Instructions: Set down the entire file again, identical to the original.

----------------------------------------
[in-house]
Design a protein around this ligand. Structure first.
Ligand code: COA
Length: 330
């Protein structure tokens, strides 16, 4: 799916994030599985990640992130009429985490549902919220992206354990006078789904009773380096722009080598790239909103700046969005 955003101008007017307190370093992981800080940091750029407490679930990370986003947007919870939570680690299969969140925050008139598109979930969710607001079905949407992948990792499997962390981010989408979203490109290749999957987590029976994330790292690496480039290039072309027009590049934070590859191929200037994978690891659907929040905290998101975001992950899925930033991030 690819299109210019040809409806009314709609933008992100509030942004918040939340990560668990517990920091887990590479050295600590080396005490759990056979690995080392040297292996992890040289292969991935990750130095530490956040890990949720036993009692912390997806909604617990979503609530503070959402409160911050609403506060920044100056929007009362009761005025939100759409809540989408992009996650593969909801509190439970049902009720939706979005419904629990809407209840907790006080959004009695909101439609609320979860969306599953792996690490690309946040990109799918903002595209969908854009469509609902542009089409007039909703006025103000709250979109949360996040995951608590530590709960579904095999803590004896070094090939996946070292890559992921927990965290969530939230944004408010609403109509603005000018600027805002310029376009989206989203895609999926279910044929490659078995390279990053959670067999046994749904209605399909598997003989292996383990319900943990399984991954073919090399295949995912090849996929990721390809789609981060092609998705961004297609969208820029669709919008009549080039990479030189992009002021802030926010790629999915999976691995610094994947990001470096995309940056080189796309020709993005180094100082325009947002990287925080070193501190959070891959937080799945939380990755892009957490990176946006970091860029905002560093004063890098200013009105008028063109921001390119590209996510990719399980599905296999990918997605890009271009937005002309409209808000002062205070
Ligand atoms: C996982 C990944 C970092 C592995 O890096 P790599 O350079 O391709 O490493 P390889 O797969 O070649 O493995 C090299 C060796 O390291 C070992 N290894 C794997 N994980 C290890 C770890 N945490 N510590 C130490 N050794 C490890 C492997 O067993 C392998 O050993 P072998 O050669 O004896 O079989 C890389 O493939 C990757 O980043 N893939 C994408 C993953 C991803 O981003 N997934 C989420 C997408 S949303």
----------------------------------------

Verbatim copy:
[in-house]
Design a protein around this ligand. Structure first.
Ligand code: COA
Length: 330
């Protein structure tokens, strides 16, 4: 799916994030599985990640992130009429985490549902919220992206354990006078789904009773380096722009080598790239909103700046969005 955003101008007017307190370093992981800080940091750029407490679930990370986003947007919870939570680690299969969140925050008139598109979930969710607001079905949407992948990792499997962390981010989408979203490109290749999957987590029976994330790292690496480039290039072309027009590049934070590859191929200037994978690891659907929040905290998101975001992950899925930033991030 690819299109210019040809409806009314709609933008992100509030942004918040939340990560668990517990920091887990590479050295600590080396005490759990056979690995080392040297292996992890040289292969991935990750130095530490956040890990949720036993009692912390997806909604617990979503609530503070959402409160911050609403506060920044100056929007009362009761005025939100759409809540989408992009996650593969909801509190439970049902009720939706979005419904629990809407209840907790006080959004009695909101439609609320979860969306599953792996690490690309946040990109799918903002595209969908854009469509609902542009089409007039909703006025103000709250979109949360996040995951608590530590709960579904095999803590004896070094090939996946070292890559992921927990965290969530939230944004408010609403109509603005000018600027805002310029376009989206989203895609999926279910044929490659078995390279990053959670067999046994749904209605399909598997003989292996383990319900943990399984991954073919090399295949995912090849996929990721390809789609981060092609998705961004297609969208820029669709919008009549080039990479030189992009002021802030926010790629999915999976691995610094994947990001470096995309940056080189796309020709993005180094100082325009947002990287925080070193501190959070891959937080799945939380990755892009957490990176946006970091860029905002560093004063890098200013009105008028063109921001390119590209996510990719399980599905296999990918997605890009271009937005002309409209808000002062205070
Ligand atoms: C996982 C990944 C970092 C592995 O890096 P790599 O350079 O391709 O490493 P390889 O797969 O070649 O493995 C090299 C060796 O390291 C070992 N290894 C794997 N994980 C290890 C770890 N945490 N510590 C130490 N050794 C490890 C492997 O067993 C392998 O050993 P072998 O050669 O004896 O079989 C890389 O493939 C990757 O980043 N893939 C994408 C993953 C991803 O981003 N997934 C989420 C997408 S949303």